Thank you Ajahn Brahmali. That is a great answer and explained a lot of the things I saw but did not understand. I can now remember the Hindu influences in the tapestries decorating the meditation space and the concept of Bodhisattvas rings a bell. I really do enjoy the purity and almost "back to basics" approach that the Theravada tradition embodies. Before I started attending the Friday nights at Dhammaloka I visited on an open day to try and make sure I knew what to do and when to do it, i.e. gestures, expected donations, required textbooks. The poor volunteer that showed me around must have thought I had control issues! I had found the Tibetan tradition very rule oriented and full of symbolic gestures that if not done properly or at the right time provoked correction and almost scorn from fellow attendees!

      I guess what I am trying to say is that I am very grateful for the services and sacrifices the sangha have made here in Perth, and that Friday nights have become
      something I look forward to immensely. Thank you.

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      • #4
        Hi Kathryn,

        I worked in a non denominational Dhamma (Dharma) centre for some time and we had many visiting monastics from all the major buddhist traditions, and in truth there are very few differences when it comes down to it ... I have seen fantastically powerful and inspiring monks of all 'makes and models' and some monks with some very suspicious ideas and behaviours in all traditions also ...

        ... there are different traditions within tibetan buddhism also (just as in theravada) and they all have different ways of going about things and I found myself more drawn to some than to others ...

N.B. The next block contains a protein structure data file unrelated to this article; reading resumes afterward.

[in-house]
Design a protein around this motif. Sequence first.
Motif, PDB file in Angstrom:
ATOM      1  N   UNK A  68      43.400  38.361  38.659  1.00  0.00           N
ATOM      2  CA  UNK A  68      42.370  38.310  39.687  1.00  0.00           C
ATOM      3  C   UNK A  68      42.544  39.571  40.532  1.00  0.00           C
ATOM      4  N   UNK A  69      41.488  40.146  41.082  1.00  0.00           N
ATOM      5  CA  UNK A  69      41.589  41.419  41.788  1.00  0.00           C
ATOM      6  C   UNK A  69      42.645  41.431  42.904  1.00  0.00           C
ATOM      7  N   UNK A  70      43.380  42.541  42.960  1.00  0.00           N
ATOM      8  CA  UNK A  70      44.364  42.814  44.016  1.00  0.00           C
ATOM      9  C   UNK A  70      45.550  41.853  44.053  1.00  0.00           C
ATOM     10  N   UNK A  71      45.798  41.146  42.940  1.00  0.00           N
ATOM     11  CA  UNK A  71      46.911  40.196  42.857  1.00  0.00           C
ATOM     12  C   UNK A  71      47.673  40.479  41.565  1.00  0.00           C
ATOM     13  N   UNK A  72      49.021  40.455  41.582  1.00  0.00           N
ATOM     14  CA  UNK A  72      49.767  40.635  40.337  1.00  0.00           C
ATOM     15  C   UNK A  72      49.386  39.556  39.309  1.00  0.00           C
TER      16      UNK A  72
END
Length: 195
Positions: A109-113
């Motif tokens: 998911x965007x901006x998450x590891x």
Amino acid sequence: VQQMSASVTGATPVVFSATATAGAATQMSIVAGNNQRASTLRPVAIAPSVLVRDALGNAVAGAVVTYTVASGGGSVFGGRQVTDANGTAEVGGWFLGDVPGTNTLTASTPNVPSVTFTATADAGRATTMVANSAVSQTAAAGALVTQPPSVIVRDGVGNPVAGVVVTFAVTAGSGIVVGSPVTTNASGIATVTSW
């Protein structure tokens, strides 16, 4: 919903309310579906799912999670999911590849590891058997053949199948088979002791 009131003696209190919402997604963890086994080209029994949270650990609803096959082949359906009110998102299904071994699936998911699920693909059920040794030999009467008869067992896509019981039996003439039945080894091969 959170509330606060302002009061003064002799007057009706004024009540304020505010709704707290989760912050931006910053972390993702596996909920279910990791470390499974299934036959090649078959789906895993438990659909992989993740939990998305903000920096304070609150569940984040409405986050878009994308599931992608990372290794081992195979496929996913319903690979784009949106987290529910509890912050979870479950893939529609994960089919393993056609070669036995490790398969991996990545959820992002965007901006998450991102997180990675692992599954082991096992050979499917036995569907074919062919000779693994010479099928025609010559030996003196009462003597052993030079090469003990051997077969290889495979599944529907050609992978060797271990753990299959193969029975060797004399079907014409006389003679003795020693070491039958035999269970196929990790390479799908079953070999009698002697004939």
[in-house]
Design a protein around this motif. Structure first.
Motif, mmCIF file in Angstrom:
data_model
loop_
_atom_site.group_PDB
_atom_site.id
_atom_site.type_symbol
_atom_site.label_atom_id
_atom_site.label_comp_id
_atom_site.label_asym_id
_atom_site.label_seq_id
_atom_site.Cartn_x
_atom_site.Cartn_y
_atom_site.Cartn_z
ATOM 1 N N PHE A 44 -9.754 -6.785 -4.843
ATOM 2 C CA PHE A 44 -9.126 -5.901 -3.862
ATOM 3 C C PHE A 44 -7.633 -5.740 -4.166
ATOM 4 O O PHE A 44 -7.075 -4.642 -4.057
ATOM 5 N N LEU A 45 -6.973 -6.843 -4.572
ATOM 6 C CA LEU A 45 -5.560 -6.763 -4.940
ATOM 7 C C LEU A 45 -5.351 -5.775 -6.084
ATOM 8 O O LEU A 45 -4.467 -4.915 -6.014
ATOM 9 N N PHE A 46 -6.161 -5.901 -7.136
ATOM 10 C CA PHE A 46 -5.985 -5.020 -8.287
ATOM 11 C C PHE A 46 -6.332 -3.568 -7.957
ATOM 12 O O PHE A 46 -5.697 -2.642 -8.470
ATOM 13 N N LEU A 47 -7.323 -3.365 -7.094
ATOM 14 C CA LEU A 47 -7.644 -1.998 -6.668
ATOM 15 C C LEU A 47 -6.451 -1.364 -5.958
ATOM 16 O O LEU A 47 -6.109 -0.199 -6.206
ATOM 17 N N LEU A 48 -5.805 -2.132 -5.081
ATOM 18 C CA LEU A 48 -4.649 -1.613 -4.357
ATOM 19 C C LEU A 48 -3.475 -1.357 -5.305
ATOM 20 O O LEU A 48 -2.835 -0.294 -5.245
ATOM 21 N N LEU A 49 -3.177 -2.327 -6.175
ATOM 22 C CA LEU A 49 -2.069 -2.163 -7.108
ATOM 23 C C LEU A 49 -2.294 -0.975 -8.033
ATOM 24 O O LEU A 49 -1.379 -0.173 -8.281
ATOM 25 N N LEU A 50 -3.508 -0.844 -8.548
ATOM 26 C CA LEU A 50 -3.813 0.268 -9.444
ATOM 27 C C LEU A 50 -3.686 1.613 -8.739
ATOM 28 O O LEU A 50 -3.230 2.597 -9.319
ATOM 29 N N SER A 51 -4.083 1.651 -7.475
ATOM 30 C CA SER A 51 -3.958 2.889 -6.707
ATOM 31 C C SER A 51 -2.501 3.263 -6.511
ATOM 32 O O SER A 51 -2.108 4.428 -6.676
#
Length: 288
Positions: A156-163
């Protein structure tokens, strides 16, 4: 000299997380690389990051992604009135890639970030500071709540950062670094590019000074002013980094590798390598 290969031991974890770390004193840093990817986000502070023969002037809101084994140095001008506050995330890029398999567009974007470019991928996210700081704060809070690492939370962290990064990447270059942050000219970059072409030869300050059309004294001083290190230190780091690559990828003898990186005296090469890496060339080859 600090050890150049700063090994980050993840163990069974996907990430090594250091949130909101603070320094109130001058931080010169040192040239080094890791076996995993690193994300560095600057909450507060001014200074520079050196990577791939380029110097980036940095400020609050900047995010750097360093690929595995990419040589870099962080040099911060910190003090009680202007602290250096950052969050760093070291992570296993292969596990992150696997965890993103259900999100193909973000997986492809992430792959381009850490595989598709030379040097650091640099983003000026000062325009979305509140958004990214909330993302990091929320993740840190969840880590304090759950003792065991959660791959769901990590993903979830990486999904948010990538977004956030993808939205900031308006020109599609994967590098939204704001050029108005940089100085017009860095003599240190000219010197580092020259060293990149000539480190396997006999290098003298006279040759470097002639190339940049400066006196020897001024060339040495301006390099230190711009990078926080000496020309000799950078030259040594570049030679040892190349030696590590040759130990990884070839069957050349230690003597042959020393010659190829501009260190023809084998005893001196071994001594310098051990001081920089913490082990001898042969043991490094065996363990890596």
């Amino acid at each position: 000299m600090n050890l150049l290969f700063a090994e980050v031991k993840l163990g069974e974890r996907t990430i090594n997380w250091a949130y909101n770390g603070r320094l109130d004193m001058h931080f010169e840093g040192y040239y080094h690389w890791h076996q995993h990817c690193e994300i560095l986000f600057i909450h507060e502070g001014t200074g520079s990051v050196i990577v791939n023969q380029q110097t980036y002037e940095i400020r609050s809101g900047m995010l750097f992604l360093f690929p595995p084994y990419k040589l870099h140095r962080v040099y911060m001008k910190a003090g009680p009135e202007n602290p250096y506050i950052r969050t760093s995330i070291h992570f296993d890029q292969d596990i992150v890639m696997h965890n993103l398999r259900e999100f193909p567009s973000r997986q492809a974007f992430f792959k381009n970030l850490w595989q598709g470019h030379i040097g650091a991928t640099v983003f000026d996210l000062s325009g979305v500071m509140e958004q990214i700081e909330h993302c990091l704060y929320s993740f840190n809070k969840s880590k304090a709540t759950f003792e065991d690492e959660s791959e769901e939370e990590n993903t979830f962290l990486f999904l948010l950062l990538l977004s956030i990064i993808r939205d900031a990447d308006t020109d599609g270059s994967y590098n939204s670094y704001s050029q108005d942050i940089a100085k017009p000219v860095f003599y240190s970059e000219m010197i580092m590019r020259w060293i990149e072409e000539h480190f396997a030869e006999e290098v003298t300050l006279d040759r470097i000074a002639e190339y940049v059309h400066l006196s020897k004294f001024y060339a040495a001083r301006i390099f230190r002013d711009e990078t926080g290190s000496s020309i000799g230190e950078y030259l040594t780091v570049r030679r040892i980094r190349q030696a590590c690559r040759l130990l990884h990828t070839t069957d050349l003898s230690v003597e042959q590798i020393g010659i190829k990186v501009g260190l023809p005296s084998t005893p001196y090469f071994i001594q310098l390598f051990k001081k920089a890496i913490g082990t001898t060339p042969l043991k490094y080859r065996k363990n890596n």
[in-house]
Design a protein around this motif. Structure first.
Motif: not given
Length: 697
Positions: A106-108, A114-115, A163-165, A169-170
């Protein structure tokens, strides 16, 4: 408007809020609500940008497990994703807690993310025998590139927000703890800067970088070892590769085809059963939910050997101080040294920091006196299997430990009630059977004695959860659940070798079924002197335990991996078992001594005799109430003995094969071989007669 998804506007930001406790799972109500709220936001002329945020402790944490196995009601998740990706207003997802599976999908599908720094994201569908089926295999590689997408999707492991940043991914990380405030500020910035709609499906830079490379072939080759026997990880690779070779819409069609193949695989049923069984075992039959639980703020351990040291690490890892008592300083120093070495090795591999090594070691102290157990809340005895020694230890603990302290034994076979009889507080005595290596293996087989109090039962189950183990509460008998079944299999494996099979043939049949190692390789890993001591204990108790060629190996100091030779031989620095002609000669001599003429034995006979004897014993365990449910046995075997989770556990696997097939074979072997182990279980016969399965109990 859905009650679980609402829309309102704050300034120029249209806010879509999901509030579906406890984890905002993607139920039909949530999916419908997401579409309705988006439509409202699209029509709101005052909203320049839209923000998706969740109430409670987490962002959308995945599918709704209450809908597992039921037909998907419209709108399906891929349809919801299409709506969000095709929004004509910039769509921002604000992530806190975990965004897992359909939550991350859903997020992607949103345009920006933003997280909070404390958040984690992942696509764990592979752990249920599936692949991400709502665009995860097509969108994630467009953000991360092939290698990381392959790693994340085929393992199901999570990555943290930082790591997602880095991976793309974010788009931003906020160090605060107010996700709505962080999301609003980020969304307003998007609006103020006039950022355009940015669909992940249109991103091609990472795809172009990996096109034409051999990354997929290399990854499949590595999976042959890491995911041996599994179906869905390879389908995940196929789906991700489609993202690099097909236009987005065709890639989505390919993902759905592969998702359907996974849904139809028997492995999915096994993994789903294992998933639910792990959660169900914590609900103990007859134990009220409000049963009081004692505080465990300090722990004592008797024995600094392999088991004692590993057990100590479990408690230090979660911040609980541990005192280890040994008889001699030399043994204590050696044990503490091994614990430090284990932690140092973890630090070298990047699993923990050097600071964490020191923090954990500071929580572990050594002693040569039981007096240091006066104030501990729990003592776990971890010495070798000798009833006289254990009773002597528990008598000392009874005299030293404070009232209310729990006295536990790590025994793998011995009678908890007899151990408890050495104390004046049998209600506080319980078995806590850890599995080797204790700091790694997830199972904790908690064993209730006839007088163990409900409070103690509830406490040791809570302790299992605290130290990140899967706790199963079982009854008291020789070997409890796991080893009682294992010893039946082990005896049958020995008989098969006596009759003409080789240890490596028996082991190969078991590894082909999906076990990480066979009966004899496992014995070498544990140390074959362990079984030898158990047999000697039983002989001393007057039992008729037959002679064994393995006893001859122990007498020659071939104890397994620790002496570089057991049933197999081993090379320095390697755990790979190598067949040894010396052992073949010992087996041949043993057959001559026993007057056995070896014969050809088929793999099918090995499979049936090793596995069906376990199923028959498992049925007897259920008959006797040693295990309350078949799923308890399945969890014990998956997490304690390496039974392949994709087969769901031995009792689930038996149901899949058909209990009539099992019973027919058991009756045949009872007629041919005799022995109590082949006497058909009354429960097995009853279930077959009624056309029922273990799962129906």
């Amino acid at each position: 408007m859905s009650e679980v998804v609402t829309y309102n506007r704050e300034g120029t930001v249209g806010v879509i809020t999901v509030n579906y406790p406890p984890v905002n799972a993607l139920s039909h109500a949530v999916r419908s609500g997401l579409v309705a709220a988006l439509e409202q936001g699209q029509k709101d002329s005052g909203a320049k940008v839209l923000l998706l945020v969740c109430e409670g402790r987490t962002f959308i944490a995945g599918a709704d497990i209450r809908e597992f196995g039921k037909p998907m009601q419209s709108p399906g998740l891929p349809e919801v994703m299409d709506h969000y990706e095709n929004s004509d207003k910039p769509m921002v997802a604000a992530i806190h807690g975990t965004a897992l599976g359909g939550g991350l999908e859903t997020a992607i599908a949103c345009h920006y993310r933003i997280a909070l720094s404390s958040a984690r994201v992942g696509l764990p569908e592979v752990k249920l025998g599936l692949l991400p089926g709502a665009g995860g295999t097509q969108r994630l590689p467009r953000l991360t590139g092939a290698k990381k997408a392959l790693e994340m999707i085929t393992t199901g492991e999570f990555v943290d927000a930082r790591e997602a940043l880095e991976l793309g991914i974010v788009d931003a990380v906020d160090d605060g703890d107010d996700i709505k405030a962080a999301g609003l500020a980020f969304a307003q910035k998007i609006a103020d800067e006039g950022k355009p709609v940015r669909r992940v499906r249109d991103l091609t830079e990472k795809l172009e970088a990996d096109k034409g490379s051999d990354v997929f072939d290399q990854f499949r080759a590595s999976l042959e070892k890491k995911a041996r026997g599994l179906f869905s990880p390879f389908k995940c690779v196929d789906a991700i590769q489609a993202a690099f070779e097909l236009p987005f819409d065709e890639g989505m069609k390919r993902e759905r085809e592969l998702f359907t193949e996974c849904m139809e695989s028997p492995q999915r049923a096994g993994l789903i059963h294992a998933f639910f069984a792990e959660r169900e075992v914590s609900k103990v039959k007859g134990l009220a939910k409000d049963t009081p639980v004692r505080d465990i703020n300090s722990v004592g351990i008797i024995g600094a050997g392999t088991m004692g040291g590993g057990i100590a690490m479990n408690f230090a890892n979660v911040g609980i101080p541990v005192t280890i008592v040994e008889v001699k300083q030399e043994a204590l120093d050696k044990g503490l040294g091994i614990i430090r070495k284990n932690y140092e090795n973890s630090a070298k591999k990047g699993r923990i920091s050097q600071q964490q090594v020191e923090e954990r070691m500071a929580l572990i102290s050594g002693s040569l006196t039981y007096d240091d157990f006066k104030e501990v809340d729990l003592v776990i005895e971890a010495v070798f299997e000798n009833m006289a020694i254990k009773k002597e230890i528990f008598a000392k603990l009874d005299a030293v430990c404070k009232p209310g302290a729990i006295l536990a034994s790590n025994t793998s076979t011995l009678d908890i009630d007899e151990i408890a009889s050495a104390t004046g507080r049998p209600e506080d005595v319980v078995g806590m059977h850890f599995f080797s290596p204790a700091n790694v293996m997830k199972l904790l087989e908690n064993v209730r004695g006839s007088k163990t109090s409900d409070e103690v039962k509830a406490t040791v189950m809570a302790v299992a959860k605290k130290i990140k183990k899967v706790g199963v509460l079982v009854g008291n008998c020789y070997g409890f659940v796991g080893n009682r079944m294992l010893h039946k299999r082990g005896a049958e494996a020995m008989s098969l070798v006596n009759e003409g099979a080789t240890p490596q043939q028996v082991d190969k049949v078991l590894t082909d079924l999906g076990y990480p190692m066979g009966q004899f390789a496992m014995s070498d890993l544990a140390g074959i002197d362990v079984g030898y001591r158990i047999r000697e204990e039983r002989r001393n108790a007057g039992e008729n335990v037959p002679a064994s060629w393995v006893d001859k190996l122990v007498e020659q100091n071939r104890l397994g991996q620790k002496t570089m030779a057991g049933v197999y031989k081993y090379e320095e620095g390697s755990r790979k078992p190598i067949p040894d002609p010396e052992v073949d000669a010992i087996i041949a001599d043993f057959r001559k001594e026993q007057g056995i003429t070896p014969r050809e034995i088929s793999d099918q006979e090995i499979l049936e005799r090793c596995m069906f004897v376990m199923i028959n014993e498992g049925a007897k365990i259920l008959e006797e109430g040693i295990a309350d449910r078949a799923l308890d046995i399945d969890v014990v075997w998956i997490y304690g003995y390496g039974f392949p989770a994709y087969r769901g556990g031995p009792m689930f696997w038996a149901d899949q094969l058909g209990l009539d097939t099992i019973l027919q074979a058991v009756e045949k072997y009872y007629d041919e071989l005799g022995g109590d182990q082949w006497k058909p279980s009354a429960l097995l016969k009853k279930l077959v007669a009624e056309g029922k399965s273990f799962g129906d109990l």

... one story I like to tell was when some gelupa monks were spending a week at the centre making a sand mandela and my teacher (a sri lankan theravada monk) came to visit and I took him to see the it being constructed ... the conversation went like this: "so, they are buddhist monks?" - "Yes bhante" - "and they are doing 'arts and crafts?'" - "I think it is part of their practice bhante" ... my teacher and the monks exchanged greetings and then my teacher stood for a few minutes watching in silence with the monks as they worked, and then he said "now I get it" and we both went to our meditation class ...

        Stuart

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        • #5
          From my (fairly limited) reading on the subject of Buddhism, I am glad to say that Adjahm Brahmali's explanation chimed well with what I thought the differences were; and these differences are some of the reasons that I feel more interested in Thweravada at the moment, because I want to know more about the purest, earliest teachings of the Buddha, not mixed with too many other things that might risk complicating things for me. That's despite the fact that I would say being in the presence of the Dalai Lama once was one of the strongest spiritual experiences I have had.